Like millions of people around the world, I am an Android fanboy. Recently I though about sharing some of my  aspects which I don’t like about Android.  Eventhough being Android has gotten better over the years but there are still many things I dont like about it. To put it bluntly, I hate Android, at least some of its features. I have used Linux for a few years since Ubuntu Gutsy Gibbon and fell in love with the open source movement. Ive come to realize that all the hype about being open and portraying Apple and RIM as the evil closed platform was all a deception. . Theres a list(I love lists). Lets go through them. I hate some of the UI. Customization is nice but it allows for more things to break. These include themes and design. At first, the UI was cool and beautiful. I felt like I had a computer in my hands, literally. Icons were nice to touch and scrolling was smooth(at first). After using it for a while, I started to experience the pains of using the touch screen. Mistypes, and mistaps were frequent. The Android experience varied depending on manufacturer. All the different flavors of Android pushed by their respective hardware developers all look different. OneUI, TouchWiz, and MotoBlur are all different. OneUI is probably the best(IMO) out of all these. TouchWiz makes me feel like Im using an iPhone and MotoBlur is a mess with all their social networking widgets. These skins load on top of Android making it slower than its vanilla stock core. When I get my phone, I hate all the bloatware that comes with it. All carriers seem to do it. They push Vcast, SprintTV and other bloatware that I dont want. The Chinese manufacturers Xiaomi,Oppo,Vivo are the notorious ones feeding bloatware just to compnsate for the cheap price they offer in some countries. Not only that, but I hate that I cant delete them. I hate knowing that they are on my phone and the only way for me to get rid of them is by rooting my phone. Why do I have to jump through hoops just to get rid of this crapware? Im not scared of rooting my phone. In fact, Ive done so and install a few custom ROMs but there is always a risk of bricking your phone and leaving it useless. Average users dont want to risk the warranty by rooting their phone. Not only are there crapware on the phone, but there is/was malware on the Market. I hate Andoid memory management, being an old Symbian OS user.Symbian was the most efficient Mobile Os in memory management, followed by iOS. My old Nokia 808 Pureview had just 512MB RAM which was handling the Mammoth Camera, the 41MP beast with Xenon flash. I know that comparing a Symbian Phone with very limited apps and strict developer requirements with Android which has an ocean of apps and simpler developer standards is not fair. But are these crazy RAM of 12GB,16GB etc etc in many high end Android Phones really necessary? Or are they worth the performance they offer compared to iOs? Expanding from the 1st and the 3rd reasons, I hate Androids software fragmentation. I hate that Motorola’s flavor is different from Samsung’s. I hate that the buttons are different in all manufacturer, and even sometimes, within the same manufacturers. And I hate that I cant install certain apps because I my phone doesnt have the latest and greatest version of Android. Notoriously all my Samsung Phones from Galaxy S3 to Galaxy S9 Plus started showing sluggishness after 1 year of usage. The problem being whenever I update an app, the hardware is not able to cope with newest software. Android isВ recognized as the open platform and that unadulterated Android experience does not come standard. It only comes standard on Googles Nexus phones  and Selected flagship phones from other manufacturers. But most people dont own these flagship devices. Most people get their Droids from their carriers. Not only are these phones locked down with carrier bloatware but they are also locked down from performing specific tasks. People have gotten around this issue by a process called rooting. This grants the user superuser status allowing him to do anything he wishes with the phone. The Nexus phones are relatively easy to root but carrier phones are harder. Android phones are great if you want the phone to be your hobby, if you dont mind tinkering with the device, rooting it, or if youre just a techno buff.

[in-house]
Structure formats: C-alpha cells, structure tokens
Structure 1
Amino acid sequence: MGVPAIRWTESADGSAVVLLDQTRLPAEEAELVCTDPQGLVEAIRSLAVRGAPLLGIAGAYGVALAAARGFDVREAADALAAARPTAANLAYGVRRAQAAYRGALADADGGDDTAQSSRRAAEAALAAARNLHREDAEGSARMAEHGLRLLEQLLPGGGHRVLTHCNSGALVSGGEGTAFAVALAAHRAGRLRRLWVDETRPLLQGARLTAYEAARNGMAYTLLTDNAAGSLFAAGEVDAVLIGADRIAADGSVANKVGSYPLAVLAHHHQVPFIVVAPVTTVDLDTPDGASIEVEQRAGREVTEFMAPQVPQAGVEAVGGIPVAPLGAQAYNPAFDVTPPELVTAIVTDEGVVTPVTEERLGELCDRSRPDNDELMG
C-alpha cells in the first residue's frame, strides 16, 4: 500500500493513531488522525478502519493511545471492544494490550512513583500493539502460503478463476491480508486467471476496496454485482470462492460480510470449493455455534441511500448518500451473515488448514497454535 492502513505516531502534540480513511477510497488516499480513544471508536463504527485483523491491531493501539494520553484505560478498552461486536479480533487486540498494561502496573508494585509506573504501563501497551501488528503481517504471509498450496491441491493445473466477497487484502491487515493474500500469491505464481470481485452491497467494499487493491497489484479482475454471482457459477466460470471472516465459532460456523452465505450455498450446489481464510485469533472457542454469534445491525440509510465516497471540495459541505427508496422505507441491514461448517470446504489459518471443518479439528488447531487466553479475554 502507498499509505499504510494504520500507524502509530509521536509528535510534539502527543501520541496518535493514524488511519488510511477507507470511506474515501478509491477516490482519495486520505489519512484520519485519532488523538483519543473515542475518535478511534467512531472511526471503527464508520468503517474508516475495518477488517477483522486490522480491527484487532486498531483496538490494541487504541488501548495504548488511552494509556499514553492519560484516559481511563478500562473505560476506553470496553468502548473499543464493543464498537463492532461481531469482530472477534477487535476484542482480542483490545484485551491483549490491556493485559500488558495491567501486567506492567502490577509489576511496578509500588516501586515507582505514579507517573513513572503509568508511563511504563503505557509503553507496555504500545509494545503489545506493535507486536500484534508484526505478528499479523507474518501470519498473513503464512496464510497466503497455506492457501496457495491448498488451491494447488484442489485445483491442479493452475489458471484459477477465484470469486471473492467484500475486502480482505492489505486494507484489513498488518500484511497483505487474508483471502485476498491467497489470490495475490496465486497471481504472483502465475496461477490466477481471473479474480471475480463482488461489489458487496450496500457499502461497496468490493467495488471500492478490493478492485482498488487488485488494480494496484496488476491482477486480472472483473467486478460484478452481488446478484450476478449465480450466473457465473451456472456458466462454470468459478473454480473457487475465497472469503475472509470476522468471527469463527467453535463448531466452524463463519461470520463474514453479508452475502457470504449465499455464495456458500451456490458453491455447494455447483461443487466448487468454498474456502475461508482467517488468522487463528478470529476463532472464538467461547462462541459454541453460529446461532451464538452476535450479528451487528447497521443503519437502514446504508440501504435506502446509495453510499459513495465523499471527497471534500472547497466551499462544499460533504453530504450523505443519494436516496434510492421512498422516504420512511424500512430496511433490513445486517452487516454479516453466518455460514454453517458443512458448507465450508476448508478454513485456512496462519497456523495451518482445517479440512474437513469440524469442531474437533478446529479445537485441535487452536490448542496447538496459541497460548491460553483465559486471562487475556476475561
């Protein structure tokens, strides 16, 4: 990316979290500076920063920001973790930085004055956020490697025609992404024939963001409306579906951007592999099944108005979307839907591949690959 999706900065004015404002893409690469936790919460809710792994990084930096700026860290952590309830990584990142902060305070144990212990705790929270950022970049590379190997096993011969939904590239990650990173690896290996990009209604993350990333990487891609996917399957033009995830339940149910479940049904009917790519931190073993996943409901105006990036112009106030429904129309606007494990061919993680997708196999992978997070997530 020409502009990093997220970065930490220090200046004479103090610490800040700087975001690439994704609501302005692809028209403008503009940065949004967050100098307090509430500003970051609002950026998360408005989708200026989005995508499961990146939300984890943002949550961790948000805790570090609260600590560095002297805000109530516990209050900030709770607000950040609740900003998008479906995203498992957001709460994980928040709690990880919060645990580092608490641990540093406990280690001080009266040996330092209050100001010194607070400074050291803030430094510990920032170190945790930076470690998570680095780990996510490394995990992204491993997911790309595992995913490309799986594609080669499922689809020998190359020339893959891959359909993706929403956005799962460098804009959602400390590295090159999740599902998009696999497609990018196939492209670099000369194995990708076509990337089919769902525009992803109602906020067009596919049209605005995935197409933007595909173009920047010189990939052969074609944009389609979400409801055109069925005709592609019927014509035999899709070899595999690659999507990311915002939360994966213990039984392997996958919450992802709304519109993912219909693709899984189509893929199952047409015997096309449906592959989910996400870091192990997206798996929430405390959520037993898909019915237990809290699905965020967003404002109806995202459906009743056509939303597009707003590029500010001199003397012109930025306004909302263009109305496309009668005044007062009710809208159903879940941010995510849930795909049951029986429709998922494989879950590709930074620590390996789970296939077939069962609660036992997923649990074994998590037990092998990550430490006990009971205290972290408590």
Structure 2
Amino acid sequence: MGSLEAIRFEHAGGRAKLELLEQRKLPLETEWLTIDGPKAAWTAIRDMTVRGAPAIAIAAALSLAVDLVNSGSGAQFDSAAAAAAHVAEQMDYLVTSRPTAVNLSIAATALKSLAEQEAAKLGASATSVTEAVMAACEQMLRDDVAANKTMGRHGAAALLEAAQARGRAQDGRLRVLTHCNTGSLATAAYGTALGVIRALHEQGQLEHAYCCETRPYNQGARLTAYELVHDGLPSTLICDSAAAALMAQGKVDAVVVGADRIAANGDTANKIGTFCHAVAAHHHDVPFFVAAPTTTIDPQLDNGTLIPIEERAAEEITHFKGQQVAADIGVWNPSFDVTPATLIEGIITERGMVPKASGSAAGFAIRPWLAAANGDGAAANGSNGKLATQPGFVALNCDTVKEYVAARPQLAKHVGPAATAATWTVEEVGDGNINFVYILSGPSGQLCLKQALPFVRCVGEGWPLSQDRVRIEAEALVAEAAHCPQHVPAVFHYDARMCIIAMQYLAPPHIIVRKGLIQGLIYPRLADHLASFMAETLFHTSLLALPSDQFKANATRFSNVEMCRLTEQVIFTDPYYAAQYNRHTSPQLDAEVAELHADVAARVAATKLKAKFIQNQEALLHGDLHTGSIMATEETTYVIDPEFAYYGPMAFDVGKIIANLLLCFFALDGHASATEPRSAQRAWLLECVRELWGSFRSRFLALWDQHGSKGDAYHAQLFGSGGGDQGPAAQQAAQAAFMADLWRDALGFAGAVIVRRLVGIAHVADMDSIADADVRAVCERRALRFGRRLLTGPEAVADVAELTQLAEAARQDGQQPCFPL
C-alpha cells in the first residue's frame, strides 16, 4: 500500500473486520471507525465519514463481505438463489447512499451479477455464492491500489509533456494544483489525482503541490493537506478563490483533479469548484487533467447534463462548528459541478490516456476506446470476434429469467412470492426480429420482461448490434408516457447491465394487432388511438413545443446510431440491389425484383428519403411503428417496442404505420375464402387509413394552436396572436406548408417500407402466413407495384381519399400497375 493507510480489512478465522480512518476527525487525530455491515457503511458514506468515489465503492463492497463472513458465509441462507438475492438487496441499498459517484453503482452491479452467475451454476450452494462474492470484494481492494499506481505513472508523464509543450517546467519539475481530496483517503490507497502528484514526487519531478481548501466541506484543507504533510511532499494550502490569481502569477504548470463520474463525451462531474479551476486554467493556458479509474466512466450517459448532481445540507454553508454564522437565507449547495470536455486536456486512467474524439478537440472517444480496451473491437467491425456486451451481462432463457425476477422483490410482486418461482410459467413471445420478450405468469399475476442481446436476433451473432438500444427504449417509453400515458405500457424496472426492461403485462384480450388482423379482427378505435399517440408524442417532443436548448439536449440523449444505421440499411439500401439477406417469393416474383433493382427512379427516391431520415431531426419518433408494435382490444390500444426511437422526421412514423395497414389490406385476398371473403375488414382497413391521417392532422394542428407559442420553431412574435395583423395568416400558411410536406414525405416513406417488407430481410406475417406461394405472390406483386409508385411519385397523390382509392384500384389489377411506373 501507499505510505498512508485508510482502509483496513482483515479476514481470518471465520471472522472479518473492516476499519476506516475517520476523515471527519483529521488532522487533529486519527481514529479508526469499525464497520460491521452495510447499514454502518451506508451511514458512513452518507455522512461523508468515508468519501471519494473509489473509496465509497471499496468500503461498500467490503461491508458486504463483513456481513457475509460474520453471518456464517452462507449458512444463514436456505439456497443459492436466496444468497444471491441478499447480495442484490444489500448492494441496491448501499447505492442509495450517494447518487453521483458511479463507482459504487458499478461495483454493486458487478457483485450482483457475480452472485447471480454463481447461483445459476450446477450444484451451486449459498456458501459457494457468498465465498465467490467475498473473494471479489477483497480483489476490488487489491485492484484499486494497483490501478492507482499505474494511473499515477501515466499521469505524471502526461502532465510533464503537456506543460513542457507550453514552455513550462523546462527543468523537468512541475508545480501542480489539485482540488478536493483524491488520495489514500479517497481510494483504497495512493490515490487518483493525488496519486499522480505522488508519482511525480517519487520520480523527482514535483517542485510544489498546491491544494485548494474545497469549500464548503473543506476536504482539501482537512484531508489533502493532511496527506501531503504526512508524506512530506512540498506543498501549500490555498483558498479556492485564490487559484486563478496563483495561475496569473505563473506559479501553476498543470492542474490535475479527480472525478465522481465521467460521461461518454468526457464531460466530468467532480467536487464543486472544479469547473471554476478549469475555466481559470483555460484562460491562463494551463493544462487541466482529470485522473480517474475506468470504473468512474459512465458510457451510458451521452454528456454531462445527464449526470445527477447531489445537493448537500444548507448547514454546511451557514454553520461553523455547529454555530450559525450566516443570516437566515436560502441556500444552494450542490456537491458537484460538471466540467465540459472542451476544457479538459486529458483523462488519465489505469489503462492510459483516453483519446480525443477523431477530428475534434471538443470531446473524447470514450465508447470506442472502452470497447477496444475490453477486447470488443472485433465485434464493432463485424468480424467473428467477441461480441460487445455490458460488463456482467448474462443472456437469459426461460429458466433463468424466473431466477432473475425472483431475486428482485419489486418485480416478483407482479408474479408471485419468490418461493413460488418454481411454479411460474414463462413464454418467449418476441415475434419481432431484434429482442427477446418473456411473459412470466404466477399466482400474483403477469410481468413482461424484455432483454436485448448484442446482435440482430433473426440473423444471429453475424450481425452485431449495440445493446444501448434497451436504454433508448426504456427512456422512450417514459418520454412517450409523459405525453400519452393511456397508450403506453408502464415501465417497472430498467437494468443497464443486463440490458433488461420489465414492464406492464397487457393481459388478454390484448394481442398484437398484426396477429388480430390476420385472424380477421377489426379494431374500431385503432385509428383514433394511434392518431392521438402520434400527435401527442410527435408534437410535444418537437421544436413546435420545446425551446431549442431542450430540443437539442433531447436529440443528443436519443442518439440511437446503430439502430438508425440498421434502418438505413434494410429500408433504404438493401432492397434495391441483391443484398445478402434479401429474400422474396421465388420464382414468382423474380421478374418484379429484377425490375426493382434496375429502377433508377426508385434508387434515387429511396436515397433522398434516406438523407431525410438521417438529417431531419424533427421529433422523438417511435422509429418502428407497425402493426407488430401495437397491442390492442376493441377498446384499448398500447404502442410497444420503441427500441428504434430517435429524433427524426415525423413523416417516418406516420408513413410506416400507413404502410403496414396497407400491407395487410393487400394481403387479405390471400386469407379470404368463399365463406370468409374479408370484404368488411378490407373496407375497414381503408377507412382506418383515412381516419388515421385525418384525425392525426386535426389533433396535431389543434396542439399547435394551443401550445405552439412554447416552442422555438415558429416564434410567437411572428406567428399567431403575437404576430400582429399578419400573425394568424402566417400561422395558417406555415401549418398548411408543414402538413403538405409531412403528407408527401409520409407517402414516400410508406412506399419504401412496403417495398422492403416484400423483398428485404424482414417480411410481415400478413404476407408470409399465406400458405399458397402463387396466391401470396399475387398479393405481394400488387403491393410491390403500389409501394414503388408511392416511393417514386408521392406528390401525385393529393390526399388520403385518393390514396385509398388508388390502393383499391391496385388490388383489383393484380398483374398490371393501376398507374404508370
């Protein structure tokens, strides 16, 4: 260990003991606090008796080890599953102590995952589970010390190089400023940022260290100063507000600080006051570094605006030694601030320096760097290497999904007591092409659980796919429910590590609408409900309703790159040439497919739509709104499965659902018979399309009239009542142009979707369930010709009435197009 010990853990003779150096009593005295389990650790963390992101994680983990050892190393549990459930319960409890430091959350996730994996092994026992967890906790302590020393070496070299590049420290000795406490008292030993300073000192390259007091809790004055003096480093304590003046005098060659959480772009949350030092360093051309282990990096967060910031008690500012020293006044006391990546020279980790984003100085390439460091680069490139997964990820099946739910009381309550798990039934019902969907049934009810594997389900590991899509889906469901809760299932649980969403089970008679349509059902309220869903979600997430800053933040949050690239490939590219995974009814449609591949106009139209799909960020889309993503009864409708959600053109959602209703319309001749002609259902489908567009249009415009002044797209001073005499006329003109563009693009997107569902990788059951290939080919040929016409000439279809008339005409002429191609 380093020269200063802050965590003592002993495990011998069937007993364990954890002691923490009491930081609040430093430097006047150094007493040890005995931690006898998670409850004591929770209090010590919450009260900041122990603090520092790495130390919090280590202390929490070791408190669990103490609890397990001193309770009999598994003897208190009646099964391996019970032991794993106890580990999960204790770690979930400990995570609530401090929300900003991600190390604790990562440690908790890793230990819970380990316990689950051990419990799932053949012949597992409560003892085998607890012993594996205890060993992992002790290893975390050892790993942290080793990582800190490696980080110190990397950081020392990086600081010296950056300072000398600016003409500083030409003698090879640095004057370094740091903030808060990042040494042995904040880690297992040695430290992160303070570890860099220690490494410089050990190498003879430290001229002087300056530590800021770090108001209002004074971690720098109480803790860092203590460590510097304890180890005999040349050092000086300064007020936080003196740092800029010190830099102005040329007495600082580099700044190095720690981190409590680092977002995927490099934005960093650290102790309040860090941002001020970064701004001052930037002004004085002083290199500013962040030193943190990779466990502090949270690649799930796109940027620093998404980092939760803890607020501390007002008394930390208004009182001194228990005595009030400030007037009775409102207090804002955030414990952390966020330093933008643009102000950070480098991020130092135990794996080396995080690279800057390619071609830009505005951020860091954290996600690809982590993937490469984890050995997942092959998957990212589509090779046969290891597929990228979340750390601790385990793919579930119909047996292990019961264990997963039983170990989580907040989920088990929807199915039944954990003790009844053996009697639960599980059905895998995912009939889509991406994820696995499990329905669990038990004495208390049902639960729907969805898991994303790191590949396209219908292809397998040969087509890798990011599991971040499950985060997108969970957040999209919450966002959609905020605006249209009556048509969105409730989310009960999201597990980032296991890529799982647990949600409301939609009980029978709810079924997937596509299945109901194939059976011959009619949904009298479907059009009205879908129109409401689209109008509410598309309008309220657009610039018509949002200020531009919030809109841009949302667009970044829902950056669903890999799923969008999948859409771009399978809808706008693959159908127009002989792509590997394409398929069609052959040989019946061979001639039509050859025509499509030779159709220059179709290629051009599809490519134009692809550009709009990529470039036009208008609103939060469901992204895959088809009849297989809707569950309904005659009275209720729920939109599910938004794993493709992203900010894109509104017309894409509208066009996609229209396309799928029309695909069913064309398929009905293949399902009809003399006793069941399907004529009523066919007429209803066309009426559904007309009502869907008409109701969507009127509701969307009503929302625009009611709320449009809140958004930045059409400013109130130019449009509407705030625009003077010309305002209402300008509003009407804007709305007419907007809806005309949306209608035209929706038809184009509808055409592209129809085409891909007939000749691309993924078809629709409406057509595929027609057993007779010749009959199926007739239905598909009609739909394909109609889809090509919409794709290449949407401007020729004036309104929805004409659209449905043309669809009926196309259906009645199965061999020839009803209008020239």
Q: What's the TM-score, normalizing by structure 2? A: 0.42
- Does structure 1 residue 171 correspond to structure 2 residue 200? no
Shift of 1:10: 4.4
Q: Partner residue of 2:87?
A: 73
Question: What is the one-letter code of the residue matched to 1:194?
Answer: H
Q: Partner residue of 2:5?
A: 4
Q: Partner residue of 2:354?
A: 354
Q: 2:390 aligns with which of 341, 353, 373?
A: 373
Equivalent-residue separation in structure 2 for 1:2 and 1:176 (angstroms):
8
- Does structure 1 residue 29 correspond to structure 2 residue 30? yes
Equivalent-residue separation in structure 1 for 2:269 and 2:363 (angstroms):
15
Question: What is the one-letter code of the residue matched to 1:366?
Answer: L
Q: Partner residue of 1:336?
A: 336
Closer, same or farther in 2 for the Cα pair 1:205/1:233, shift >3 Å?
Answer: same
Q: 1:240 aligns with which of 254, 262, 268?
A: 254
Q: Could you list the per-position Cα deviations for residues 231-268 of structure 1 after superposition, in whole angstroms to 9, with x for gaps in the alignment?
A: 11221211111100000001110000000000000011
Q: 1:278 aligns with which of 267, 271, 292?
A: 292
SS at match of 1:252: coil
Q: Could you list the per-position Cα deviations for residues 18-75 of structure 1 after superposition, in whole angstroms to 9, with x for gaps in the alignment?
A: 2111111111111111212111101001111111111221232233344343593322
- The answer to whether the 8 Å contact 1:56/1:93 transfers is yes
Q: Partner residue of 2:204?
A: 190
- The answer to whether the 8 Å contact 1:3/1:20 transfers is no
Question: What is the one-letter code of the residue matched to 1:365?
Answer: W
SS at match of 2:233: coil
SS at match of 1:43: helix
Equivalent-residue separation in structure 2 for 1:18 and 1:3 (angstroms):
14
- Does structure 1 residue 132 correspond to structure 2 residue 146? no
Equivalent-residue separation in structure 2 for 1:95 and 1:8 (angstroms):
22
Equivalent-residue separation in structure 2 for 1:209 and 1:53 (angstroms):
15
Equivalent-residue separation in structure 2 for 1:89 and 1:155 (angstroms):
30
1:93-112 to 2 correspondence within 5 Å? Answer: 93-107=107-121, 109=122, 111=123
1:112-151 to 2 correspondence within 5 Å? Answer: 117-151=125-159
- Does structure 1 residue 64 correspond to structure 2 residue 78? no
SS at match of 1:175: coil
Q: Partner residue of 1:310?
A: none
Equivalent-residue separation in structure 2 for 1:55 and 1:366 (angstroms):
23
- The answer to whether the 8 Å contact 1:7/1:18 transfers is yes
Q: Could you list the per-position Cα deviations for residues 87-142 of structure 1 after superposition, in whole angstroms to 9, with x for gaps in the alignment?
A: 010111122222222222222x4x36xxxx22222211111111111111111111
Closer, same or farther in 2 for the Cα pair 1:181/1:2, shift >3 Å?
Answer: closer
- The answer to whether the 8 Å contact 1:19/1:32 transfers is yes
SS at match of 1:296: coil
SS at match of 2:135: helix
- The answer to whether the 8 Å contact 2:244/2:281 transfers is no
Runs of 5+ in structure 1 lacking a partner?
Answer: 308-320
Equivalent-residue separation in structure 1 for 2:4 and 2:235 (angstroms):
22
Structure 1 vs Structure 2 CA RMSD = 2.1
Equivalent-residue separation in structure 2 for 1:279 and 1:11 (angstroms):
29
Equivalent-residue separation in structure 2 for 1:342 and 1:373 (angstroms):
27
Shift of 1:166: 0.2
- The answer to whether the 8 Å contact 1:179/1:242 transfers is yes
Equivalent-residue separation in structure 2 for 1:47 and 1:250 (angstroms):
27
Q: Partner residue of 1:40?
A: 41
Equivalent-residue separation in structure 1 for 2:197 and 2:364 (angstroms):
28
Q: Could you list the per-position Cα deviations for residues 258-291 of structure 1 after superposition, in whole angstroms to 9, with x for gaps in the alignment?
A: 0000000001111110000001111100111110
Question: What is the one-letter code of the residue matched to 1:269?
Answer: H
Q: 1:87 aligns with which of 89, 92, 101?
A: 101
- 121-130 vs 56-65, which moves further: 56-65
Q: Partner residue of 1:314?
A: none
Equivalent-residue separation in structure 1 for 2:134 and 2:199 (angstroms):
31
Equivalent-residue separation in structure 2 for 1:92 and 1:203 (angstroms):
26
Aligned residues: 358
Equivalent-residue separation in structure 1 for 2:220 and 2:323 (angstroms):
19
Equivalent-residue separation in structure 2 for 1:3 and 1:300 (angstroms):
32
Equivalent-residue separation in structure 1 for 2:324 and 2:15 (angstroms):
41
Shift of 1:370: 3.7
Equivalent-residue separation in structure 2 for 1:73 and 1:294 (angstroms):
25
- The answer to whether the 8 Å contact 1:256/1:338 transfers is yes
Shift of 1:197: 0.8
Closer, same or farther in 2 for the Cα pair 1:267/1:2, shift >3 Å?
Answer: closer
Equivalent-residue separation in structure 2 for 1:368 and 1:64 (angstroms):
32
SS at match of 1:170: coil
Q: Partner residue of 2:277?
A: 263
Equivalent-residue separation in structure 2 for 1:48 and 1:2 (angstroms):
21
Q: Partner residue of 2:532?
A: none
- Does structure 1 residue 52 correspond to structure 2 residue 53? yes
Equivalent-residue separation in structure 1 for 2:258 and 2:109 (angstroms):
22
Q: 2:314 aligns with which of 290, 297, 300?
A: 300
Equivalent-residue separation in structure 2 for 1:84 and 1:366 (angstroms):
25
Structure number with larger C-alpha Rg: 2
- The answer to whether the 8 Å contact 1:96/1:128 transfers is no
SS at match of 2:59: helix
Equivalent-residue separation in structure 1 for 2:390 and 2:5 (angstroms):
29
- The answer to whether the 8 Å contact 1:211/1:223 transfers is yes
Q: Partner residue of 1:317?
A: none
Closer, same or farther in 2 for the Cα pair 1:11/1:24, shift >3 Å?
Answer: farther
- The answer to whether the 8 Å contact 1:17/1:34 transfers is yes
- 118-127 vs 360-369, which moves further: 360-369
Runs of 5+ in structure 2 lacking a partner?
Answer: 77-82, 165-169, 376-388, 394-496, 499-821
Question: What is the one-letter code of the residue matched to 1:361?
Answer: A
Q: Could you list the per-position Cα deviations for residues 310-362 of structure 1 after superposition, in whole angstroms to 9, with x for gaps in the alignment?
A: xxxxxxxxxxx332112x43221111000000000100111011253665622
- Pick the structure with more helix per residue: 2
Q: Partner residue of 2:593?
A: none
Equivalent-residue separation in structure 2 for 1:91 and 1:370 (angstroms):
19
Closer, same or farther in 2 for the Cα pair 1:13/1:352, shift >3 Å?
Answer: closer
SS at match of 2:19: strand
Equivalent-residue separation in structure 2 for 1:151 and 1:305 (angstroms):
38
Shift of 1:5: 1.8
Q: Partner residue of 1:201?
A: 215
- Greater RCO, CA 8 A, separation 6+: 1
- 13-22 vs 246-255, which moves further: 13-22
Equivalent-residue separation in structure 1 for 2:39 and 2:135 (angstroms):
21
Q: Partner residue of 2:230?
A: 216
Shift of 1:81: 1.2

After A Brief Pause, Carbon Emissions Are Back On The Rise

Carbon emissions are up again. Here’s why. Deposit Photos

The road to a very hot place is paved with good intentions. No, not hell—just the future. Right now in Bonn, Germany, representatives from all over the world are at the UN Climate Change Conference discussing how to keep the world from warming beyond 1.5ºC, and how to reduce the emissions of greenhouse gases like carbon dioxide to a net zero by 2050. That means that we won’t put more greenhouse gases into the air than can be removed.

Those are the goals stated in the Paris Agreement, which now includes every country in the world—though the current administration in the United States has vowed to leave the pact.

But signing was the easy part. Turning those pledges into action is another matter entirely, as evidenced by new studies published Monday in Environmental Research Letters, Nature Climate Change, and Earth System Science Data. The research, conducted by the Global Carbon Project, found that carbon emissions for 2023 were expected to increase by 2 percent, the first increase after three years of leveled-off emissions.

There’s both good and bad news in the new reports. Let’s start with the bad news, and rip it off like a Band-Aid.